Talk

Advanced search

Mumsnetters aren't necessarily qualified to help if your child is unwell. If you have any serious medical concerns, we would urge you to consult your GP.

Help, DS's tooth needs to be pulled out!

(21 Posts)
whethergirl Fri 29-May-09 21:29:27

My DS aged 4 dislodged his front tooth last week and my dentist has recommended the tooth be extracted since it's the root is badly damaged. My dentist did not want to give him an injection so he referred me to a dental hospital. I called them and it turns out it could take weeks for an appointment which is not acceptable as he can't eat properley and I can't keep him still - he has already knocked it again causing futher bruising and pain.

They advised me that if it can't wait then I can take him to Guy's hospital (London) A & E which I'm reluctant to do.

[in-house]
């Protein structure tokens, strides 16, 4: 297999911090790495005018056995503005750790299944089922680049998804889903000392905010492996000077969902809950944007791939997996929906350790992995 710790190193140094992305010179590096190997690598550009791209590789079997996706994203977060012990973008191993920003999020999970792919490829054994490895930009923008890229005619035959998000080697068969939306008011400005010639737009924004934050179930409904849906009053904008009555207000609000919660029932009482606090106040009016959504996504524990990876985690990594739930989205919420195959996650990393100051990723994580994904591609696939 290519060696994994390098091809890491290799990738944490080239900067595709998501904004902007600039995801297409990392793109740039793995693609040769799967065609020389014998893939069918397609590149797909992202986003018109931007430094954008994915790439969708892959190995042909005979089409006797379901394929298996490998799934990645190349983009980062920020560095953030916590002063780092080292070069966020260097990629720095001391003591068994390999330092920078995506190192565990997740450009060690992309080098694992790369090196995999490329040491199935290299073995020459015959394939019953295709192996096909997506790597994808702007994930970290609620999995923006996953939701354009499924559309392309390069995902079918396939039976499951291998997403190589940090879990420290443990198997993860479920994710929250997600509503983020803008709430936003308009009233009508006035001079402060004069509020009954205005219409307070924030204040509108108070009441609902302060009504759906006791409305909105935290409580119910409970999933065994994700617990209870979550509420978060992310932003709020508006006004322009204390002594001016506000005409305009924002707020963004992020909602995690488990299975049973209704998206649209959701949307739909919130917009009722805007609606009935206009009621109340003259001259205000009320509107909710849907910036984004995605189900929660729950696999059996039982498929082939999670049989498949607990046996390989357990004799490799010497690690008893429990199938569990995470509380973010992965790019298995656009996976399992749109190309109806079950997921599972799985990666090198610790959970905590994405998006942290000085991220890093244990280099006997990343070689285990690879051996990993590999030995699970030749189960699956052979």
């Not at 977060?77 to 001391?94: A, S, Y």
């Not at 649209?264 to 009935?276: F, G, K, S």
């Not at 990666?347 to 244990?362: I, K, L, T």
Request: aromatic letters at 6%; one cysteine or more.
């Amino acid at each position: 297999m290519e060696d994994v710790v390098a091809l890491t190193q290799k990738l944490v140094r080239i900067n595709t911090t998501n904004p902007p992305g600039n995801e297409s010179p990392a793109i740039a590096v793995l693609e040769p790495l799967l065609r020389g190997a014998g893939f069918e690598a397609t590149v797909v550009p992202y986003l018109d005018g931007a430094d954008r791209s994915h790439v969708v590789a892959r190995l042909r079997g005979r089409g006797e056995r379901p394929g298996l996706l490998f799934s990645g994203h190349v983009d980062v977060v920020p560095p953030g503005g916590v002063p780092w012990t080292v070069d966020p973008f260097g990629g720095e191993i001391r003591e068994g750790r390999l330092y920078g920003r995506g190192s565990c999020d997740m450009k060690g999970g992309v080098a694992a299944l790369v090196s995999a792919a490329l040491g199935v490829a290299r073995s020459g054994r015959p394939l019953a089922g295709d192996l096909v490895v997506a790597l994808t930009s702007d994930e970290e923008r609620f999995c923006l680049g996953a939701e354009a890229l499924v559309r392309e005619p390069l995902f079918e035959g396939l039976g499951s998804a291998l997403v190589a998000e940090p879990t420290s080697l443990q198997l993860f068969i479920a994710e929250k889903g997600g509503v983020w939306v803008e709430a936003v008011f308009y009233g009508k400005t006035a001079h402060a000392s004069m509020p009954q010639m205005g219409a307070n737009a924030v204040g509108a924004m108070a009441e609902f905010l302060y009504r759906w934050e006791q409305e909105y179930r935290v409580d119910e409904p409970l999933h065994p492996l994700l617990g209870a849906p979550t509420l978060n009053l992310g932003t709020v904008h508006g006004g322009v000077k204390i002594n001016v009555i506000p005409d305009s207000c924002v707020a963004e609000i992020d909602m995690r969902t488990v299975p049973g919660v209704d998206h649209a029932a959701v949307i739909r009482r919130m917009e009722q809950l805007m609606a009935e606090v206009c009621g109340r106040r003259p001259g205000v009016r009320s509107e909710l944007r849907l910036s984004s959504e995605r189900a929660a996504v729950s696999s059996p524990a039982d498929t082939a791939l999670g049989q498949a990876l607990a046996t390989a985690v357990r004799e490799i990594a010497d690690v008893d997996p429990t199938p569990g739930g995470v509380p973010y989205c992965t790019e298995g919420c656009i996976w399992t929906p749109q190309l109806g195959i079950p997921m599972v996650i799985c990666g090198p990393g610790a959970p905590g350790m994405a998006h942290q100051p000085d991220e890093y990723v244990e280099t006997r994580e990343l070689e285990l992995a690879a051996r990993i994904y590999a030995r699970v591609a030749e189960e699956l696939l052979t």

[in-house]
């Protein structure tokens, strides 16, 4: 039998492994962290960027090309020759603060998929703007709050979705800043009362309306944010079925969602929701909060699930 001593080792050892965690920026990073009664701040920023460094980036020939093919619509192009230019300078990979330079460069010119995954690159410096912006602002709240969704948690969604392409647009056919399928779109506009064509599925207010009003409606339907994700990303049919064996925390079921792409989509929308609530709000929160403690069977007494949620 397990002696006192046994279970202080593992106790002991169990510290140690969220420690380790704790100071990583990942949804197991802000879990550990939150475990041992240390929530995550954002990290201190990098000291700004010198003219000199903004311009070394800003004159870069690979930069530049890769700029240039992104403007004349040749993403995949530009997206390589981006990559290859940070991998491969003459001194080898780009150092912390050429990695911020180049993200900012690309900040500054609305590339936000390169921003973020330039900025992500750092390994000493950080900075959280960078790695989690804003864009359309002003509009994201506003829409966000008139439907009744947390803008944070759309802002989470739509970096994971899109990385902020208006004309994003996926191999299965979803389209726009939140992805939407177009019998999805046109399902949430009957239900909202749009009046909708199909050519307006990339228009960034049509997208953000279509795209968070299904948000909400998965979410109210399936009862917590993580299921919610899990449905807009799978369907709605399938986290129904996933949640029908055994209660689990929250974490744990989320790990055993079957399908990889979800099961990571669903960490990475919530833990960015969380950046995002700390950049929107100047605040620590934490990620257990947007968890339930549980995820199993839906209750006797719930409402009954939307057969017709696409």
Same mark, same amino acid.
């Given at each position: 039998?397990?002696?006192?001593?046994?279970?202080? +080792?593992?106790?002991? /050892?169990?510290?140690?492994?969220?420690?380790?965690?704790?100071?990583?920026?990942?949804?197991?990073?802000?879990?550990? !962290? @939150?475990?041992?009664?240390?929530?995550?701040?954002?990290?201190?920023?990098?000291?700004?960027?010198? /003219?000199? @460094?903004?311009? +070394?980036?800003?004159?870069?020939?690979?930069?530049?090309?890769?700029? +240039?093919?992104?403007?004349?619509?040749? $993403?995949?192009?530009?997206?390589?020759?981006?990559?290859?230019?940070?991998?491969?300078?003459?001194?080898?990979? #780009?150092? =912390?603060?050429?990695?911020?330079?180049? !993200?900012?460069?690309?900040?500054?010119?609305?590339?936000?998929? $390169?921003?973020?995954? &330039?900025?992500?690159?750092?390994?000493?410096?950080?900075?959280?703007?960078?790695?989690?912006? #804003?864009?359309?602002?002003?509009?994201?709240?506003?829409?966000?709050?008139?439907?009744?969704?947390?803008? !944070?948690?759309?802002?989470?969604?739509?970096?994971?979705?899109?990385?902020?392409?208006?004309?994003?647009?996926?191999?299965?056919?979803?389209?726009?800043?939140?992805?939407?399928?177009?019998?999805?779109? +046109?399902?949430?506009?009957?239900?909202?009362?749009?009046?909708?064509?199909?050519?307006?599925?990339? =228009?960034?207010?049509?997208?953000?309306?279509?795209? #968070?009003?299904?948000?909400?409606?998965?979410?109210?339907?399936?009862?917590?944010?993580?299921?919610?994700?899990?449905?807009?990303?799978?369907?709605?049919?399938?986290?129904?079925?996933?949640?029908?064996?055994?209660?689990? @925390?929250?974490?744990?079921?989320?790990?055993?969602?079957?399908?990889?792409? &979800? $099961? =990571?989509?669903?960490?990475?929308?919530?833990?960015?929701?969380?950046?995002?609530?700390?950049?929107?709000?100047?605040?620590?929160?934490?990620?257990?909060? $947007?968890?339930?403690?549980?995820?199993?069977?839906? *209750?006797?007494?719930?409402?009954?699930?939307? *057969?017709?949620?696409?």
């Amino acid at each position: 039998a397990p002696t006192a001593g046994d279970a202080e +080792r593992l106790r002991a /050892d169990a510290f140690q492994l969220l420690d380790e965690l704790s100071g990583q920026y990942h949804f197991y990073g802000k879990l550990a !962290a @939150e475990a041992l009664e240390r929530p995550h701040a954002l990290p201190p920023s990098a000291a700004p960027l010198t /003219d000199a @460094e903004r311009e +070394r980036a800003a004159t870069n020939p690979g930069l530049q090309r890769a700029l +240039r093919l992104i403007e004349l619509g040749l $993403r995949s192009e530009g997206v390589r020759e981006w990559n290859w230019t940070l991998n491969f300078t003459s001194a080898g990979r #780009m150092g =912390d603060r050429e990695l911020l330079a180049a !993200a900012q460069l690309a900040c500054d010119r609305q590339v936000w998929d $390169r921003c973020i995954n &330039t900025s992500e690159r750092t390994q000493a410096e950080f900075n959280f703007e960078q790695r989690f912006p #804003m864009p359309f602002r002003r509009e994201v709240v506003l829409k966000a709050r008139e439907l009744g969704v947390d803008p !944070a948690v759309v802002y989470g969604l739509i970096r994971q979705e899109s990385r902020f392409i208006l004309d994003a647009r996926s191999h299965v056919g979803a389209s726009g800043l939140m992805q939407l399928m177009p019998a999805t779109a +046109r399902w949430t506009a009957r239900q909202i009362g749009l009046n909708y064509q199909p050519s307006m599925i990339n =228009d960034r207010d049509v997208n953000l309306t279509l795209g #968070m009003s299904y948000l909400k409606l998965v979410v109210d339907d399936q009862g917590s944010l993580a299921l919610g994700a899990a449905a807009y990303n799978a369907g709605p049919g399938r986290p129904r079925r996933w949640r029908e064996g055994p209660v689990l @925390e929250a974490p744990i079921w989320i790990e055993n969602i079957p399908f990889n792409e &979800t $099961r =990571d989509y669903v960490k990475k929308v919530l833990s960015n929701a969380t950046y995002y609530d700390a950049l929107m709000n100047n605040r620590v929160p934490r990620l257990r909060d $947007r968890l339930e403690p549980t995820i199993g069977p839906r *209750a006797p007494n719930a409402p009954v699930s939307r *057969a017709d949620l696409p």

It seems many dentists are not licenced to give gas & air, only sedation by injection which I guess is why my dentist got referred. However I've spoken to other dentists since who can't understand why my dentist does not want to inject him.

I've found a private dentist who will give him gas and air, which I'm willing to go ahead with if it's the best choice, even though I'm on benefits and it will cost £150.

Anyone else been in a similar situation or have any advice to offer at all?? Thanks x

thisisyesterday Fri 29-May-09 21:33:01

i would take him to a&e.
why pay for something you could get done free?

FabulousBakerGirl Fri 29-May-09 21:33:56

My dd fell and I rushed her to the dentist. He injected her and took the tooth out.

whethergirl Fri 29-May-09 21:50:52

I'm really put off taking him to A & E because 1. It's the other side of London and I don't have a car, and even if I sort out a lift, my experience of A & E is waiting around for hours. I guess I thought if paying meant a more comfortable experience for him, then it would be worth it. Don't get me wrong - it's a hell of a lot of money for me.